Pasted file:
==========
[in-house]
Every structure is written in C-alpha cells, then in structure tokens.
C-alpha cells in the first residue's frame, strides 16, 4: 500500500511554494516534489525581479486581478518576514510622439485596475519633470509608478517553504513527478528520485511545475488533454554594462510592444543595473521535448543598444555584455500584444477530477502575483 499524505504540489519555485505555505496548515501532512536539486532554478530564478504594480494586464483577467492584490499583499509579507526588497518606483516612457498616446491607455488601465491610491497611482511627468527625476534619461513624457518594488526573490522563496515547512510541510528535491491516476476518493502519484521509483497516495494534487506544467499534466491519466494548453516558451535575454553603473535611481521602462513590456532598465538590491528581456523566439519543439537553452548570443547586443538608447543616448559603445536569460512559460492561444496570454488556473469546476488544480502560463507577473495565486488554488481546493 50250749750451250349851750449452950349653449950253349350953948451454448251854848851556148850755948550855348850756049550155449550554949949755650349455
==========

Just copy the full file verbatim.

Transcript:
[in-house]
Every structure is written in C-alpha cells, then in structure tokens.
C-alpha cells in the first residue's frame, strides 16, 4: 500500500511554494516534489525581479486581478518576514510622439485596475519633470509608478517553504513527478528520485511545475488533454554594462510592444543595473521535448543598444555584455500584444477530477502575483 499524505504540489519555485505555505496548515501532512536539486532554478530564478504594480494586464483577467492584490499583499509579507526588497518606483516612457498616446491607455488601465491610491497611482511627468527625476534619461513624457518594488526573490522563496515547512510541510528535491491516476476518493502519484521509483497516495494534487506544467499534466491519466494548453516558451535575454553603473535611481521602462513590456532598465538590491528581456523566439519543439537553452548570443547586443538608447543616448559603445536569460512559460492561444496570454488556473469546476488544480502560463507577473495565486488554488481546493 50250749750451250349851750449452950349653449950253349350953948451454448251854848851556148850755948550855348850756049550155449550554949949755650349455